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Video / 03 April 2017 at 7:23 GMT

From the Floor: Is 2017 Tesla's year? — #SaxoStrats

#SaxoStrats
   • Tesla beats Q1 delivery estimates with 25,000 vehicles shipped
   • Australian retail sales, credit growth indicator disappoint
   • Vols 'very low and not ready to reverse' — Horchani
   • Eurozone, UK PMI, US march ISM manufacturing data out today
   • 'Inflation is cooling off in Europe, expect some EU/US divergence' — Garnry
   • Corn and wheat recovery candidates post-planting report
   • 'Crude needs to consolidate and establish a lower range' — Hansen
   • Opec compliance, production deal extension key for oil prices
   • French-German bond spreads widen ahead of new 10-year issue

SaxoStrats
By Michael McKenna

Tesla has released its first-quarter delivery numbers, and they show a strong start to 2017 for the high-profile electric carmaker. Tesla delivered 25,000 cars during Q1 versus 24,200 expected by analysts, reports Saxo bank head of equity strategy Peter Garnry, with the total near-evenly split between the Model S sedan and the Model X SUV.

The firm missed its 2016 target for deliveries, shipping 76,320 cars versus its goal of 79,000 on fourth-quarter production delays. Tesla shares have been in the spotlight of late following a 30% year-to-date gain and on the back of Chinese tech firm’s buying a 5% stake in the carmaker (worth over $2.2 billion) last week.

Garnry maintains his negative view on Tesla shares as expressed in his February 16 trade view. According to Saxo's equities head, "the steep production ramp-up is set to begin in the second half and thus the real challenge is just around the corner. In addition, Tesla has an ability to not meet own expectations which is also weighing down on our outlook."

On today’s Morning Call, Garnry reiterated his view that he is neutral US stocks (and bullish their European counterparts) on the current valuation gap. Concerning the macro data, however, Saxo’s equities head notes that he sees inflation cooling off in Europe while strong US data point to a developing trend divergence between Europe and the US on this front.

Today sees two Federal Reserve speakers out, New York’s William Dudley and Philadelphia’s Patrick Harker. With the March nonfarm payrolls release out Friday, investors will be analysing the two Federal Open Market Committee voters’ words for clues as to the US central bank’s policy trajectory.

Last Friday, Dudley was out stating that the Fed could begin slashing its $4.5 trillion balance sheet later this year, adding that the FOMC may well pause its rate hike schedule if and when this process begins.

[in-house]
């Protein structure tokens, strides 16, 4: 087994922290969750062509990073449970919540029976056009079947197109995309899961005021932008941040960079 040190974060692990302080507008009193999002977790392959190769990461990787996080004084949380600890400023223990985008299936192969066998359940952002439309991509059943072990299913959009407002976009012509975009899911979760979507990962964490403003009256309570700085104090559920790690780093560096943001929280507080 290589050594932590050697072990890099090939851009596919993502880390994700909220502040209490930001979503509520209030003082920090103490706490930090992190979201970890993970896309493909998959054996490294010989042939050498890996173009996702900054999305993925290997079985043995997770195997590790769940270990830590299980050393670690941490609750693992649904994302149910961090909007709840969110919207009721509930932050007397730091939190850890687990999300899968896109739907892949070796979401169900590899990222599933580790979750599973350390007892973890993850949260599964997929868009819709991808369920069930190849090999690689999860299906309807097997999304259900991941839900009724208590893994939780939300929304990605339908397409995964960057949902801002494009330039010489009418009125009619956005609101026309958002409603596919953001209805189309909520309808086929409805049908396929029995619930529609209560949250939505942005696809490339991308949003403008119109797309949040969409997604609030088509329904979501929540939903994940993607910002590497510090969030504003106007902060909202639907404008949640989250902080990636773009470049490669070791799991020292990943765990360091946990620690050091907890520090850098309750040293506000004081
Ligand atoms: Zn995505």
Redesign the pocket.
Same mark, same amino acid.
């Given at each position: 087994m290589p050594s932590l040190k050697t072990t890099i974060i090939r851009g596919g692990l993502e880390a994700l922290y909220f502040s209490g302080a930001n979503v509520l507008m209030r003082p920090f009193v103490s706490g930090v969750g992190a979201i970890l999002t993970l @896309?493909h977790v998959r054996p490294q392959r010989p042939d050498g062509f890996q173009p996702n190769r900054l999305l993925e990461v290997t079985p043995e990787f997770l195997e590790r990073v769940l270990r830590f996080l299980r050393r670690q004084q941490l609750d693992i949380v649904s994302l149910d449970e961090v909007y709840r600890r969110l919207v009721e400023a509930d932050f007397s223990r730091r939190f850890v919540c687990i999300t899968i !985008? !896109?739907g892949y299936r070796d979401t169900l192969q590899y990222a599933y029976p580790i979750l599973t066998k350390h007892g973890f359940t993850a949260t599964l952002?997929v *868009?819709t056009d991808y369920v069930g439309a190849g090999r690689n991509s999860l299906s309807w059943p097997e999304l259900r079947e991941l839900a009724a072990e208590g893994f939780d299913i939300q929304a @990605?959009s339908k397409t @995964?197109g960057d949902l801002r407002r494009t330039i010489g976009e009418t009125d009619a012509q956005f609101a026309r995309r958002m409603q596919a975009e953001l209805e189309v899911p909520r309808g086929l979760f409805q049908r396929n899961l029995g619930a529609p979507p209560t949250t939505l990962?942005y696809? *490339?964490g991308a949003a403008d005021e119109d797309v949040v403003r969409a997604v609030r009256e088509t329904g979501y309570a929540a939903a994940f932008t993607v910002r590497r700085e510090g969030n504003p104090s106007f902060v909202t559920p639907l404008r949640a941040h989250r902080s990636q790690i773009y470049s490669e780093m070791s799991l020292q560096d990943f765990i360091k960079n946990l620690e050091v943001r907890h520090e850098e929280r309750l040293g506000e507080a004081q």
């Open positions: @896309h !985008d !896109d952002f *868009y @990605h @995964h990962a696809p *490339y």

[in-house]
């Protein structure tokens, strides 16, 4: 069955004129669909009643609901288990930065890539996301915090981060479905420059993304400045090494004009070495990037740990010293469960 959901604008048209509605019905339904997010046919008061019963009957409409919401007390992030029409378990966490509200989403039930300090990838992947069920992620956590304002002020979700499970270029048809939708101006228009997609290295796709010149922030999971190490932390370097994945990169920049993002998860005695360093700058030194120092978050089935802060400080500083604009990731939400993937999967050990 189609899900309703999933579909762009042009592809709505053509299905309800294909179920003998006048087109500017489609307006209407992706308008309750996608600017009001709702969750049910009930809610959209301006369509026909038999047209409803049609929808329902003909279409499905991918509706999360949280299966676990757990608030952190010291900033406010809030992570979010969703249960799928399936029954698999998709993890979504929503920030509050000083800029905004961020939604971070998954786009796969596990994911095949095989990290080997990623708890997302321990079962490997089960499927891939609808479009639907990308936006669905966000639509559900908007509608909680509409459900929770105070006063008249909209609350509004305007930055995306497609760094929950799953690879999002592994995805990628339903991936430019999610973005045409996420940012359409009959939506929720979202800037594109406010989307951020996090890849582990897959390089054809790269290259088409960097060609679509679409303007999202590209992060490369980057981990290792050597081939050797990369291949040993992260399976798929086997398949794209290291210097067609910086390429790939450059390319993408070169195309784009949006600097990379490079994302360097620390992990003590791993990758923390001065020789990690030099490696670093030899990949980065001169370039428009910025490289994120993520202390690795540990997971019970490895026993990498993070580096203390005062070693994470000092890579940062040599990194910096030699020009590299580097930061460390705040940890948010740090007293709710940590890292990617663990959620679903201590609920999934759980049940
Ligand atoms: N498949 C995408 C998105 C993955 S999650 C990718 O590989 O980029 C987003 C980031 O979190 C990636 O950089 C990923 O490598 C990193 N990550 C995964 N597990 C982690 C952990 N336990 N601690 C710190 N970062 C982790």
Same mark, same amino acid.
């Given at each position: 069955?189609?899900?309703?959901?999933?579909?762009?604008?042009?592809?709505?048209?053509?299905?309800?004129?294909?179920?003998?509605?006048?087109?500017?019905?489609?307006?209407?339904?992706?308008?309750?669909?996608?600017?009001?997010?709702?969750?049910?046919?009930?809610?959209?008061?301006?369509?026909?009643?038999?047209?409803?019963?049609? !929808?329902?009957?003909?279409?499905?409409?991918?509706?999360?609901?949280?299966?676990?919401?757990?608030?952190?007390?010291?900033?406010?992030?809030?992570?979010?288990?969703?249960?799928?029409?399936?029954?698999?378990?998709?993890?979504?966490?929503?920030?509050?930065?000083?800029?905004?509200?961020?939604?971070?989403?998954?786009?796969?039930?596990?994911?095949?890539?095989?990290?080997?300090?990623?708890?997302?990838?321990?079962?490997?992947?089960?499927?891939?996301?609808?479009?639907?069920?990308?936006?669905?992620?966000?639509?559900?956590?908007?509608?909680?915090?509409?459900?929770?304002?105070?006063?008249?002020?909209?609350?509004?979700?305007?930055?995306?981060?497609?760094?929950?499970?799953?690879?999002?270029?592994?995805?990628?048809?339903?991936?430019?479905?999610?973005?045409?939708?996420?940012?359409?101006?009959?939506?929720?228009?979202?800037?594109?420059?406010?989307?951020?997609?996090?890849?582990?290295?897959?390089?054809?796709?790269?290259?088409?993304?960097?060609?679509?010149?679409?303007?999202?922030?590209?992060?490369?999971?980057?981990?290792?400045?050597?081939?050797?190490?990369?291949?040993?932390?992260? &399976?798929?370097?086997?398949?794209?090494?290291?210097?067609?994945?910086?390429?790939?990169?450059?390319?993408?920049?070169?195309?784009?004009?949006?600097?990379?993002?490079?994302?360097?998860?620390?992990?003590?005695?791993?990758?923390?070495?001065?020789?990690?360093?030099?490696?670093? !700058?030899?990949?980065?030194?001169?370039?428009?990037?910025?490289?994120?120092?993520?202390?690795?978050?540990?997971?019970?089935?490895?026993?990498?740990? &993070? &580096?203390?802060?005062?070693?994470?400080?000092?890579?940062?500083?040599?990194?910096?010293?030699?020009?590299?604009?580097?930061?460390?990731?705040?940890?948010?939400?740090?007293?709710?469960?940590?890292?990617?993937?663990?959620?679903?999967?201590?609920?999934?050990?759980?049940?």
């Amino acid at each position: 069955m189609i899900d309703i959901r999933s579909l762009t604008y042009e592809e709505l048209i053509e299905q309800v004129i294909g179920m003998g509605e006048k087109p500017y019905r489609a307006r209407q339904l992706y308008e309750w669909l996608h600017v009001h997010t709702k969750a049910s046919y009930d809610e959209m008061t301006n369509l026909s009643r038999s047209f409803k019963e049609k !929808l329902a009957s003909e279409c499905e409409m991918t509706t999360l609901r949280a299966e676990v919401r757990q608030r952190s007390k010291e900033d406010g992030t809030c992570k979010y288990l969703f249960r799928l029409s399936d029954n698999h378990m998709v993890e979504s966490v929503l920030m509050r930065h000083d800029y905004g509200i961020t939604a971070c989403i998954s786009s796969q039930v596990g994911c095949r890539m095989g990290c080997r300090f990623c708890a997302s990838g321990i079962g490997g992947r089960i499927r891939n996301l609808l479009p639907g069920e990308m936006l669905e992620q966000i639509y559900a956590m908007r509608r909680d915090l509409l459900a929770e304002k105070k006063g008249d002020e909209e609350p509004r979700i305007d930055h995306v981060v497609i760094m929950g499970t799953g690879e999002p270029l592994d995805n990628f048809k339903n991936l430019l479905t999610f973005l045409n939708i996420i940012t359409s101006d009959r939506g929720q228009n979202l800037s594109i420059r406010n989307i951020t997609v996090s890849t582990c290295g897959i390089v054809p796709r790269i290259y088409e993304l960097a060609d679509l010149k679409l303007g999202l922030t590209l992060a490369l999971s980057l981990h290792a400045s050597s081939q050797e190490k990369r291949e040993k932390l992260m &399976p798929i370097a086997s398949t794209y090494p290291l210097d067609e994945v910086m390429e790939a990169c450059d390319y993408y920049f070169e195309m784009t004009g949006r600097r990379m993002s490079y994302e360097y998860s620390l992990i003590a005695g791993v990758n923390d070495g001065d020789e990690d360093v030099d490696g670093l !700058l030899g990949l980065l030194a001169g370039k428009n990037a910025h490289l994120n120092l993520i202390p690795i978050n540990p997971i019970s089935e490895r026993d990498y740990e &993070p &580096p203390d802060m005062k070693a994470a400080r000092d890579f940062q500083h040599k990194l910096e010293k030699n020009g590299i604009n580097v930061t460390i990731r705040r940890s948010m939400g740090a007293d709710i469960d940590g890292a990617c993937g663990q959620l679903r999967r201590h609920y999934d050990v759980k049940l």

Reporting from Saxo Bank’s Singapore desk, Tareck Horchani said that Australian retail sales disappointed overnight, coming in at minus 0.1% versus an expected monthly gain of 0.3%. The new sent AUD spiralling lower with the currency dropping from just under 0.7640m to below the 0.76 handle versus USD.

In addition to the retail miss, Saxo Bank head of forex strategy John Hardy reports that the latest credit growth figures also point to a slowdown Down Under.

In FX markets, Hardy reports that last week saw the USD find support versus the majors with the focus on the European Central Bank apparently walking back what many investors took as a hawkish line at its last summit. “We saw a whole lot of EURGBP selling” on the week, says Hardy; EURUSD is also heading lower from its highs north of 1.07 Friday.


EURGBP

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Source: Saxo Bank 

Overall, Hardy says, this week will be an important one with Friday’s NFP as well as president Donald Trump’s summit with Chinese leader Xi Jinping representing two key dollar risk events.
On the day, we have final Eurozone manufacturing PMI and UK PMI data for March up, along with the US March ISM manufacturing report due this afternoon. 

According to Horchani, today’s Asian session saw dollar dip versus Asian currencies while vols remain “very low and seemingly unwilling to reverse”.

According to Horchani, investors may look to AUDJPY as a hedge for risk-off sentiment, while those already long equities might look for covered calls for some extra premium should they wish to maintain their existing long in stocks.

On the commodities front, Saxo Bank head of commodity strategy Ole Hansen points to corn and wheat as recovery candidates in light of Friday’s US planting report, which showed 83,000 farmers surveyed set to plant more soybeans and less corn/wheat.

“We saw a selloff in grains leading into the report,” says Hansen, “and are looking for a recovery rather than a reversal in corn and wheat as stocks remain elevated”. In oil, Hansen points to Opec as they key factor after crude retraced 50% of its March selloff with WTI hitting $50.90/barrel and Brent reaching $53.50/b.

“The rally was driven by short seller pain last week,” says Hansen, adding that the Opec production deal remains the major driver as compliance concerns as well as the likelihood of an extension continue to animate markets.

Hansen reports that “we need to consolidate and establish a lower range” in oil, but cites the $51.95/b level in WTI and $54.45 in Brent as potential markers of a further outbreak.

Finally, Saxo fixed income trader Michael Boye says that the Franco-German 10-year bond spread is about 10 basis points wider than last week’s narrowest point. According to Boye, the development is due to France’s planned sale of about €7-8bn in total debt this week including a new 10-year benchmark OAT.

Tesla
Tesla may be on-target in terms of deliveries, but can it live up to investor expectations?
Photo: Shutterstock

Michael McKenna is an editor at Saxo Bank

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